2. Totally agree with your post! I have the same feeling the first time I trek Huayhuash and…the second one too…hahahhaa. Nice blog!

  3. Wow, that's rough. Never been through anything this crazy, but the jam-packed bus journeys in Laos had me saying 'Never again.' And of course I had to as there aren't any other transportation options there. Luckily I've never been interesting in trekking, and after this article I will definitely never do any kind of trek that is more than 1 day long!

  4. I love the "story behind every smiling picture". That's how I deal with great pictures that make me insanely jealous that I'm not there….I imagine the picture that would have been taken two minutes before. Then I feel a little better.
    You guys seem plenty hard core to me. We're talking hard core crazy right?

  5. Yeah… I stick to my never agains. lol

    After my volcano hike we said never again and have yet to attempt anything like it. More power to you guys. I'm living vicariously through your hiking and pics.

  6. I love the honesty and humour in this post.

    I've definitely had my share of never again moments. I'm not sure if Mike has shared all of them with me, but pretty much everytime I'm halfway up the mountain, heart pounding, panting for breath, with the start of a migraine, usually watching the rest of the group have to stop and wait for me again… I think why do I do this to myself? Never again. Then I reach the summit, rest, start the descent which is soooo much easier, and start planning the next hike we should do… I don't even make it off the damn mountain before my brain resets!

    Maybe we're all just suckers for punishment. 🙂

  7. "We’re really not as hardcore as we’d like to think." hahaha. Love following the posts here. I think it comes down to that you are more hard core than you think and not maniacal, just wanting to take on a challenge and test your selves. Kudos!

  8. Sooo…. maybe all these crazy hikes you've been doing have somehow damaged your brains so you can't remember how horrible they were?

    Just kidding! I don't think your brains are damaged. Well… too much; from my perspective you've got to be frickin' insane to do this 10-day trek! =P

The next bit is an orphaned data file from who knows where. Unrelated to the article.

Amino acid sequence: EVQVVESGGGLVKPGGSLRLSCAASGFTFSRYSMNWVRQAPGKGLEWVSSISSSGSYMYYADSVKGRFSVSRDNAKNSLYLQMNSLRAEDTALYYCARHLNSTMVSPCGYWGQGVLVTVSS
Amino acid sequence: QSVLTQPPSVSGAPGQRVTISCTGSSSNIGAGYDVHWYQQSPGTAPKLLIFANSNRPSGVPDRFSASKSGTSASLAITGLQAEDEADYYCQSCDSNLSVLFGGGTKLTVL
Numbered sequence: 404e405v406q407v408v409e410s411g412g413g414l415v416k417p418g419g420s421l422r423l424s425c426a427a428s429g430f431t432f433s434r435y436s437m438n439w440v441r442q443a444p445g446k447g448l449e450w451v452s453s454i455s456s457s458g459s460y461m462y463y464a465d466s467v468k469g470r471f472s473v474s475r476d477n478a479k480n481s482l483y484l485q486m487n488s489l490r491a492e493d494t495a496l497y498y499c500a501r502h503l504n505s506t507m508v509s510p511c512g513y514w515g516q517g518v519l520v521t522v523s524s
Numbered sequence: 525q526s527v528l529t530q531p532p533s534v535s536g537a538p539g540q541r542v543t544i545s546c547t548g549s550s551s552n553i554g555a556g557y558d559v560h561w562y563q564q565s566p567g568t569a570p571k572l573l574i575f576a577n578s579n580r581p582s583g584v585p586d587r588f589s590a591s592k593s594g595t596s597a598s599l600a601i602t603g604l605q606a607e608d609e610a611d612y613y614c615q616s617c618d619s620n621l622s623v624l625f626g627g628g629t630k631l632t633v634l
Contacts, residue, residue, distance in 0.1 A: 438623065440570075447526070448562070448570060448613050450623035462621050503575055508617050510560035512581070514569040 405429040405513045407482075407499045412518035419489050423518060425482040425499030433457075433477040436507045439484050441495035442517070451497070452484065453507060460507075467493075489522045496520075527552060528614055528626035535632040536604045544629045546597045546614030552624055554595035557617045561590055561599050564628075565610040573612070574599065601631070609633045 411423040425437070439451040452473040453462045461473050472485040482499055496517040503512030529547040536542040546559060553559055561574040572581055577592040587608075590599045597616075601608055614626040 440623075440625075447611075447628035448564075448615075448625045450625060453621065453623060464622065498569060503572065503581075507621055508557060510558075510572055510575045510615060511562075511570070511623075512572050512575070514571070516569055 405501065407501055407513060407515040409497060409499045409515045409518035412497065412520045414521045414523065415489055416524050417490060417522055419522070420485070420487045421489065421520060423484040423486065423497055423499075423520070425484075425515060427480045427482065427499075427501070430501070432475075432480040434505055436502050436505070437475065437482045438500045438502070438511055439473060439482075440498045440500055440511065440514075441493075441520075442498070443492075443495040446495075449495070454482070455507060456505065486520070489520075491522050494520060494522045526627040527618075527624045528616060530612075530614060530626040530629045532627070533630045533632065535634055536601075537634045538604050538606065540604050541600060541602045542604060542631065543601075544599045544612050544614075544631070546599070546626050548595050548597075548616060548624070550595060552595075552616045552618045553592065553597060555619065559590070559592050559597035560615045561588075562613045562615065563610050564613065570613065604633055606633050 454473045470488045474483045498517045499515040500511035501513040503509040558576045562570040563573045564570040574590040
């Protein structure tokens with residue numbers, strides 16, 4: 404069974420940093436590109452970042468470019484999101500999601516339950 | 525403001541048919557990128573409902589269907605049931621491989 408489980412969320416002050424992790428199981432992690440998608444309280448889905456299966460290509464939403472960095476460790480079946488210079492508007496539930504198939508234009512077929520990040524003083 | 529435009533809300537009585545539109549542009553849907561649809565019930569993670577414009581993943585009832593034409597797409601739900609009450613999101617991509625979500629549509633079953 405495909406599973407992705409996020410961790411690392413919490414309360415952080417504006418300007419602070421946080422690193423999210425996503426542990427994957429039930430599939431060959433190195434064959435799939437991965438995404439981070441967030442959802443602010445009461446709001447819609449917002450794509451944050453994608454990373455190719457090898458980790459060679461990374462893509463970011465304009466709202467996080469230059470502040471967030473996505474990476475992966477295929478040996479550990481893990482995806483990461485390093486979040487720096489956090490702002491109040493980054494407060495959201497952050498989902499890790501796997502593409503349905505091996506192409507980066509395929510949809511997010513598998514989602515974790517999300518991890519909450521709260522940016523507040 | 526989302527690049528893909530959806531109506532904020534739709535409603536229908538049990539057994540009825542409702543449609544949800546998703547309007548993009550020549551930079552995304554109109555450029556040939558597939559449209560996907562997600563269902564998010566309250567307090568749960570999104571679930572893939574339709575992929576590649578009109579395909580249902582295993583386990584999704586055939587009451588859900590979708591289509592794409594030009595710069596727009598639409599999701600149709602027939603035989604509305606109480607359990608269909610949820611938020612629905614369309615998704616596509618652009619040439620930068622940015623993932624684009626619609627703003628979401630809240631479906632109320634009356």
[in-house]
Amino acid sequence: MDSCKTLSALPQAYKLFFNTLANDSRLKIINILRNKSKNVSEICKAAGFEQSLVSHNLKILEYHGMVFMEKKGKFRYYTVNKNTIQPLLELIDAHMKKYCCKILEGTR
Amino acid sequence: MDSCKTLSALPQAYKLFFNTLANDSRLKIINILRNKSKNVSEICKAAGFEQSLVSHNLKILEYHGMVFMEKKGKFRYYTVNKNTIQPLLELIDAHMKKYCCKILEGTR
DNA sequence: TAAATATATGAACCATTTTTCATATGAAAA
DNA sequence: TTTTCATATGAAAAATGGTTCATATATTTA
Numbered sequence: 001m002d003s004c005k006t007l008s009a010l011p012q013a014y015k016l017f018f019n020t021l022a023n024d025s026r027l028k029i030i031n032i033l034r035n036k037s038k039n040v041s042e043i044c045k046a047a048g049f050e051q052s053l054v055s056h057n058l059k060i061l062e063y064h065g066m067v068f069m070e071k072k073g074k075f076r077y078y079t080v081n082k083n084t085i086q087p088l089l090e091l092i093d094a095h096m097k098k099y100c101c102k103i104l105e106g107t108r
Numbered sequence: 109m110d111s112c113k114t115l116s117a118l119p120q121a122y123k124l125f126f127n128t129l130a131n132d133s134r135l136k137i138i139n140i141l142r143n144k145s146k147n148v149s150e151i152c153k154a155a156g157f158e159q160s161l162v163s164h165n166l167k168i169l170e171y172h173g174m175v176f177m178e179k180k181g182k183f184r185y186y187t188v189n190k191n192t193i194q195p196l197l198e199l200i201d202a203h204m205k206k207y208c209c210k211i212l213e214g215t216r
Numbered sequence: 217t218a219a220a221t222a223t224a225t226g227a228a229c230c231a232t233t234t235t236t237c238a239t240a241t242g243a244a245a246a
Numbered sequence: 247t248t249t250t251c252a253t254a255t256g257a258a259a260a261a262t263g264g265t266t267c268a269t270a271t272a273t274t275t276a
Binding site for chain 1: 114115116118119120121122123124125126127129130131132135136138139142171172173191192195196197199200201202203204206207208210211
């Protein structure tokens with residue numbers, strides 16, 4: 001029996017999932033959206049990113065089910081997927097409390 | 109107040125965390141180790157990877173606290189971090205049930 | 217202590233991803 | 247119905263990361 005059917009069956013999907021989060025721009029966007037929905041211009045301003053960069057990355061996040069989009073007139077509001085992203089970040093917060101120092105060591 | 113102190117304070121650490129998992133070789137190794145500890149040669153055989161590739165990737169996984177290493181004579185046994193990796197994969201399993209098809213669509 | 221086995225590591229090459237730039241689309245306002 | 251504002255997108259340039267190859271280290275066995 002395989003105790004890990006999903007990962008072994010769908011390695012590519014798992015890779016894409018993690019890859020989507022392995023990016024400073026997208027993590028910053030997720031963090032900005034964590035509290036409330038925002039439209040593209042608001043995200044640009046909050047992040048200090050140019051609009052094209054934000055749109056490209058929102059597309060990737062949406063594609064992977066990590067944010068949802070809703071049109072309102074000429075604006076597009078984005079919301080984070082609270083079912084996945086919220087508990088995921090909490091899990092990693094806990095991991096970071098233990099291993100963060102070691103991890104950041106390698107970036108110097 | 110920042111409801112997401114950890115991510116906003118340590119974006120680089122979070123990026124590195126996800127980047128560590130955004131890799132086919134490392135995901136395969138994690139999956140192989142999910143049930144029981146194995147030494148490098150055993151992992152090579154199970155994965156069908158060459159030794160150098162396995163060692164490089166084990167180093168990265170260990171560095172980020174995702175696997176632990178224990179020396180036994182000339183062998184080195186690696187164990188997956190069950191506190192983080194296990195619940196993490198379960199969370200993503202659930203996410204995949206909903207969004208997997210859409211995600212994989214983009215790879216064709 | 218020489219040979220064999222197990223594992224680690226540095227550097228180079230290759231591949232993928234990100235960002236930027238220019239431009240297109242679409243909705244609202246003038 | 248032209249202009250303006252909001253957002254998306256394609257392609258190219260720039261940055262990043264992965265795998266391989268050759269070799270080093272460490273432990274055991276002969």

Can't wait to read your next post.

  9. I remember reading in one of my beginner psychology texts about how people tend to remember the good things about an event (unless it's something really traumatic) rather than the bad things. I often have to remind myself about my bad travel experiences so I don't make the same mistakes over again.

  10. I've definitely had those moments and I don't even climb mountains 😉 You're right though – there is a kind of trade off that happens. And I think the positives almost always outweigh the negatives. It's the bright spots that stick out in our memories. Looking forward to the next post!

  11. I can so relate to this post! I am always the one at the back of the pack, trying to figure out how I got myself into this! I've never done anyting as epic as a 10 day trek in the Andes, but I still have had plenty of "never again" moments…only to find myself online a few days later, looking at climbing Kili or hiking the West Coast Trail, saying to myself "pfft, I could totally do that!"

  12. I couldn't help but think of something I heard once with these same words "As time moves on – the pain fades". Childbirth. I know, really random, but I've heard people say that you forget how terribly painful it is to give birth yet folks do it again and again…

    I suppose you could look at it like your brain helping you to keep doing things that are rewarding yet that are extremely difficult. If you remembered how difficult it was and how you kept saying "never again", then you wouldn't get out there and explore the world, doing the things you'll remember for years to come!